The Artlessness of the Interview

Carl_Spitzweg_-_Der_arme_Poet_(Neue_Pinakothek)I generally don’t care for most poet-interviews. Not because of the answers so much as the often meaningless, softball questions. Do you write longhand, or at the keyboard? What time of day do you write? Describe your writing routine. The answer to all of these questions is, of course, who cares?, but the subject – usually generous and accommodating – is forced to dignify them with thoughtful answers, and so the myth of the poet communing with the gods in his or her drafty garret lives on. Equally annoying is the question that presupposes poetry’s worthlessness to the culture at large, usually some variation of What can we do, as poets and as a society, to recover the language of poetry? The answer to which is, of course, recover from where? The language of poetry is the language of to-do lists, conversations, menus, dictionaries… just (if we’re doing our jobs) more interestingly arranged. This style of interview is not a recent development, nor is it limited to poets, as this 1961 interview with Henry Miller demonstrates. The man had just gotten his first novel published in his home country, nearly thirty years after it was published in Europe, and the interviewer asks him about (what else?) pencil-sharpening. Not far into the interview, Miller finally says, “I think these questions are meaningless.” Yes, and they still are. Here, then, I humbly submit to anyone who conducts interviews, particularly with poets, a list of questions that might yield more interesting and instructive answers:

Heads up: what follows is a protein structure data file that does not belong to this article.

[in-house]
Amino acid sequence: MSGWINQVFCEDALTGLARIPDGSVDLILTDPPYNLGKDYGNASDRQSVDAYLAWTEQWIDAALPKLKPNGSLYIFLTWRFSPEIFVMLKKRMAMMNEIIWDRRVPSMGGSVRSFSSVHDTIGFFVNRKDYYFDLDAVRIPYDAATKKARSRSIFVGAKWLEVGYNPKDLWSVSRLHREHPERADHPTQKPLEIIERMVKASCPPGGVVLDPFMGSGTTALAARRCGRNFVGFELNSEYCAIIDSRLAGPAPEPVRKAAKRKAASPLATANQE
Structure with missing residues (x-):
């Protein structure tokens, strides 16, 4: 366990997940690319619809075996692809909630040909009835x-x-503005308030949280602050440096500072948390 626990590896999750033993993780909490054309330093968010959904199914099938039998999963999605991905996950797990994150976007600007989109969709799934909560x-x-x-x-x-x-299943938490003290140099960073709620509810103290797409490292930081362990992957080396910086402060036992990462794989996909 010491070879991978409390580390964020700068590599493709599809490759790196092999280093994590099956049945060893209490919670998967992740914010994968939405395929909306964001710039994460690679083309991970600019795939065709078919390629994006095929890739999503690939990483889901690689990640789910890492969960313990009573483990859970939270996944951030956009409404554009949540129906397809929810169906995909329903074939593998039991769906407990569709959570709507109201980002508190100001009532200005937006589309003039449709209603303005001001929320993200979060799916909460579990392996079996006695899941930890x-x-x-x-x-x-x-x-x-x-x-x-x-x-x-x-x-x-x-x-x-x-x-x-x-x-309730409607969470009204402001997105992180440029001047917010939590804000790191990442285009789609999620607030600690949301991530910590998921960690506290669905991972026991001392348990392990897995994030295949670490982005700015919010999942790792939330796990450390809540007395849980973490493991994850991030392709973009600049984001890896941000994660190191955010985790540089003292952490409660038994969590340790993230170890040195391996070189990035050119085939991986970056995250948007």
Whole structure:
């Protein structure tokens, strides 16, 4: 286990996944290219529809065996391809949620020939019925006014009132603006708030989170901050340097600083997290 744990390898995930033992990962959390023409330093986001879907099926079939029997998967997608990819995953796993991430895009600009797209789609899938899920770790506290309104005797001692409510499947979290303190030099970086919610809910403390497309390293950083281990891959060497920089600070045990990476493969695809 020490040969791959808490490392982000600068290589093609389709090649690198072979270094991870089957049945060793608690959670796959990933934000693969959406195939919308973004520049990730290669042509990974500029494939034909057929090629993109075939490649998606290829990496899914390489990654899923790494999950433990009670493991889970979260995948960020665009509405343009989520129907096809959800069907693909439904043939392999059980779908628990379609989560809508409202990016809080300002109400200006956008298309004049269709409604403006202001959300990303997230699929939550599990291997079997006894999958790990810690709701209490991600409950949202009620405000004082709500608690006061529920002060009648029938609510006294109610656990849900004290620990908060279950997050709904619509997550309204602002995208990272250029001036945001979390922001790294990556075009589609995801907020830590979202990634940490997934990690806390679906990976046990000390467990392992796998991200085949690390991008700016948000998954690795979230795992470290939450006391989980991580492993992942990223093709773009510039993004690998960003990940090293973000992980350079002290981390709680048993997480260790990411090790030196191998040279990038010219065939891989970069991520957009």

• Please describe your poetic. 
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The Artlessness of the Interview

2 thoughts on “The Artlessness of the Interview

  1. If the questions are meaningless, the answers certainly are not at least in the Henry Miller interview.

    I believe I shall take umbrage with you, as the Guy Smiley who sells this whole series http://www.upress.state.ms.us/search/series/5

    Even the inarticulate and misinformed interviewer can sometimes spark the interviewee to an utterance that helps other writers, or just raises our consciousness a bit. I was very inspired at Michael Farris Smith’s reading (a novel called Rivers) at Lemuria earlier this month in which he said that when he was closest to giving up writing, he had three of our interviews books, two Literary Conversations and one from Conversations with Filmmakers, on his desk. When he felt very discouraged Conversations with Larry Brown and The Coen Brothers: Interviews, kept him from giving in and quitting.

    Umbrage, sir! Umbrage!

    Like

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